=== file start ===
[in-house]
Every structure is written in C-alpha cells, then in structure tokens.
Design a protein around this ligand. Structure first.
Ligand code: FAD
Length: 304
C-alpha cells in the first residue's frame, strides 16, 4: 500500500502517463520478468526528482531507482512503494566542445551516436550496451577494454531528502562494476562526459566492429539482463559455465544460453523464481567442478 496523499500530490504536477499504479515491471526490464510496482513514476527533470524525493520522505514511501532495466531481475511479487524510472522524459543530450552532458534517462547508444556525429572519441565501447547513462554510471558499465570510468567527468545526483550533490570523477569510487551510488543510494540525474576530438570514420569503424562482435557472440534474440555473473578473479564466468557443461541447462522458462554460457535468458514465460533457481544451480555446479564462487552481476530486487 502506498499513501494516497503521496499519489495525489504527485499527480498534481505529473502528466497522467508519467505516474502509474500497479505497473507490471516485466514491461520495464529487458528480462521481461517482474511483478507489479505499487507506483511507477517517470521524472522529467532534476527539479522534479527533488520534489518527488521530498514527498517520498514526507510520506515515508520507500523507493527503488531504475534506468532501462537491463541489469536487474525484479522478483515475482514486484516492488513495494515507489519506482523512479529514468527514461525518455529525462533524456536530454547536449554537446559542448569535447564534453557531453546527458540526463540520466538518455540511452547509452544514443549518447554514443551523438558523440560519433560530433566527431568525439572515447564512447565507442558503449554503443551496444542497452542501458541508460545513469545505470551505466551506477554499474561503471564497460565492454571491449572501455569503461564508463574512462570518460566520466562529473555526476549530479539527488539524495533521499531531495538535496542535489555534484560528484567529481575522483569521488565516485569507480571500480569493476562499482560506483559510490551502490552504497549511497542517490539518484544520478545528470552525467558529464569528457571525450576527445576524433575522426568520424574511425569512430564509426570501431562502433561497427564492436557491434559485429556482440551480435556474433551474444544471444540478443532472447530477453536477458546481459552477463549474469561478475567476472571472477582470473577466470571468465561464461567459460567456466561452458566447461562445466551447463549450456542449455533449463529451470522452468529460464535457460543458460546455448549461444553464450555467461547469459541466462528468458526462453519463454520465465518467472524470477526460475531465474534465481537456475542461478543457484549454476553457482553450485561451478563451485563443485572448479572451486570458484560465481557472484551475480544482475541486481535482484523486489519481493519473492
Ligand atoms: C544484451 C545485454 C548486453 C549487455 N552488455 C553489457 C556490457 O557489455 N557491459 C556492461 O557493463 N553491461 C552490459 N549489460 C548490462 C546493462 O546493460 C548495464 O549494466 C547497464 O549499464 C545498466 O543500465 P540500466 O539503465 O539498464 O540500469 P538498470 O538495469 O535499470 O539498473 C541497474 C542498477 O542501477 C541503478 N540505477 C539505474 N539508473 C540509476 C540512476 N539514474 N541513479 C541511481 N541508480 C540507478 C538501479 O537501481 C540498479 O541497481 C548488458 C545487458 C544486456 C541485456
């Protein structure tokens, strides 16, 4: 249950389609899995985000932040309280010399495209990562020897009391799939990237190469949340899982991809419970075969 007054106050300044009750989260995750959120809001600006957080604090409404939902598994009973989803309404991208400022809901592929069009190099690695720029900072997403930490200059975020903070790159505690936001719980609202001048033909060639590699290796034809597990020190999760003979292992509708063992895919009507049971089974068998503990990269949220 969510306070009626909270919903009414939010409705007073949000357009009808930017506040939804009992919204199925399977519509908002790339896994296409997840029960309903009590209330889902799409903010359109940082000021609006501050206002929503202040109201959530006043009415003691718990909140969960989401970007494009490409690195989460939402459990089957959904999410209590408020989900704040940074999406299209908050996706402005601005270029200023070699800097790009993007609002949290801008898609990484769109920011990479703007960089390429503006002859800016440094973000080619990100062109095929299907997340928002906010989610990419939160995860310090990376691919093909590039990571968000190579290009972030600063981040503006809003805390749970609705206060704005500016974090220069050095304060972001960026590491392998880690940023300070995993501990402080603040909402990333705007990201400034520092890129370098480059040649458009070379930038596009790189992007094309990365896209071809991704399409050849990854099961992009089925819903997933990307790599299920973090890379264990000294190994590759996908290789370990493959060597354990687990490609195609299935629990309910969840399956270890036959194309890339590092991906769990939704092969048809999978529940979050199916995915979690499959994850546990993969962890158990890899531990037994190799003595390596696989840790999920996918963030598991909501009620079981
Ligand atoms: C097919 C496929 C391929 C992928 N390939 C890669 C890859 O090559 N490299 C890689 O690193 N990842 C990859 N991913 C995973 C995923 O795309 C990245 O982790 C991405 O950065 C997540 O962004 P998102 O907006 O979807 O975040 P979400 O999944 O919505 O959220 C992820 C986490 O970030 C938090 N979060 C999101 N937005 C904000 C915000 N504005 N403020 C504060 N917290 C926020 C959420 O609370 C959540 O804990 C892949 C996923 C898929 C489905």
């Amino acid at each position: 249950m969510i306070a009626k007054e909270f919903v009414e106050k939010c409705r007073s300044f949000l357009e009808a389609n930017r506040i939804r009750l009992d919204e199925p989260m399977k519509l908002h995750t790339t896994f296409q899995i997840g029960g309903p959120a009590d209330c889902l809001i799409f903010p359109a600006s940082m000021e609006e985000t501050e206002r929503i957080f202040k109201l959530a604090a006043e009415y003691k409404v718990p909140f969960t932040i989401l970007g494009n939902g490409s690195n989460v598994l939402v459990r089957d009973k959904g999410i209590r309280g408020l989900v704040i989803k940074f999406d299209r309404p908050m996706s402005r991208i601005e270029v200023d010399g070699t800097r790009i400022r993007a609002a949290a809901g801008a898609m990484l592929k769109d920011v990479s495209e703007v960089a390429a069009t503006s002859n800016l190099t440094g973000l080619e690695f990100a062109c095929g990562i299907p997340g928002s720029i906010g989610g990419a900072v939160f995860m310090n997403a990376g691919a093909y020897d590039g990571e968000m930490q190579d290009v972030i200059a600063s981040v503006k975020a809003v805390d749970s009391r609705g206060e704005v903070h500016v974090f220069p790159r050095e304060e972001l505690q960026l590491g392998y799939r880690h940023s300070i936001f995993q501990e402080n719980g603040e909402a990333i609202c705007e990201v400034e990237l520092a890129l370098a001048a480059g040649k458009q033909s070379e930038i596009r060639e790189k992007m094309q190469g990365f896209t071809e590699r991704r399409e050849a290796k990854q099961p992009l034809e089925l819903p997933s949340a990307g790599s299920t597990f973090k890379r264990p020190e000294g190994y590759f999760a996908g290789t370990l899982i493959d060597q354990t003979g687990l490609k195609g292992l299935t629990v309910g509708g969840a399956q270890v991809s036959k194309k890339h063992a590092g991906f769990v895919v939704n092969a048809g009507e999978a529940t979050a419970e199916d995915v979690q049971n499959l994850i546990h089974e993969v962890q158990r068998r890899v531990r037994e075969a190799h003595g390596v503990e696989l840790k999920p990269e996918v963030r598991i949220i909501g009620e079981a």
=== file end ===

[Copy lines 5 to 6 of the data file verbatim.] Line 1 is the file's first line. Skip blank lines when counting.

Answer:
Length: 304
C-alpha cells in the first residue's frame, strides 16, 4: 500500500502517463520478468526528482531507482512503494566542445551516436550496451577494454531528502562494476562526459566492429539482463559455465544460453523464481567442478 496523499500530490504536477499504479515491471526490464510496482513514476527533470524525493520522505514511501532495466531481475511479487524510472522524459543530450552532458534517462547508444556525429572519441565501447547513462554510471558499465570510468567527468545526483550533490570523477569510487551510488543510494540525474576530438570514420569503424562482435557472440534474440555473473578473479564466468557443461541447462522458462554460457535468458514465460533457481544451480555446479564462487552481476530486487 502506498499513501494516497503521496499519489495525489504527485499527480498534481505529473502528466497522467508519467505516474502509474500497479505497473507490471516485466514491461520495464529487458528480462521481461517482474511483478507489479505499487507506483511507477517517470521524472522529467532534476527539479522534479527533488520534489518527488521530498514527498517520498514526507510520506515515508520507500523507493527503488531504475534506468532501462537491463541489469536487474525484479522478483515475482514486484516492488513495494515507489519506482523512479529514468527514461525518455529525462533524456536530454547536449554537446559542448569535447564534453557531453546527458540526463540520466538518455540511452547509452544514443549518447554514443551523438558523440560519433560530433566527431568525439572515447564512447565507442558503449554503443551496444542497452542501458541508460545513469545505470551505466551506477554499474561503471564497460565492454571491449572501455569503461564508463574512462570518460566520466562529473555526476549530479539527488539524495533521499531531495538535496542535489555534484560528484567529481575522483569521488565516485569507480571500480569493476562499482560506483559510490551502490552504497549511497542517490539518484544520478545528470552525467558529464569528457571525450576527445576524433575522426568520424574511425569512430564509426570501431562502433561497427564492436557491434559485429556482440551480435556474433551474444544471444540478443532472447530477453536477458546481459552477463549474469561478475567476472571472477582470473577466470571468465561464461567459460567456466561452458566447461562445466551447463549450456542449455533449463529451470522452468529460464535457460543458460546455448549461444553464450555467461547469459541466462528468458526462453519463454520465465518467472524470477526460475531465474534465481537456475542461478543457484549454476553457482553450485561451478563451485563443485572448479572451486570458484560465481557472484551475480544482475541486481535482484523486489519481493519473492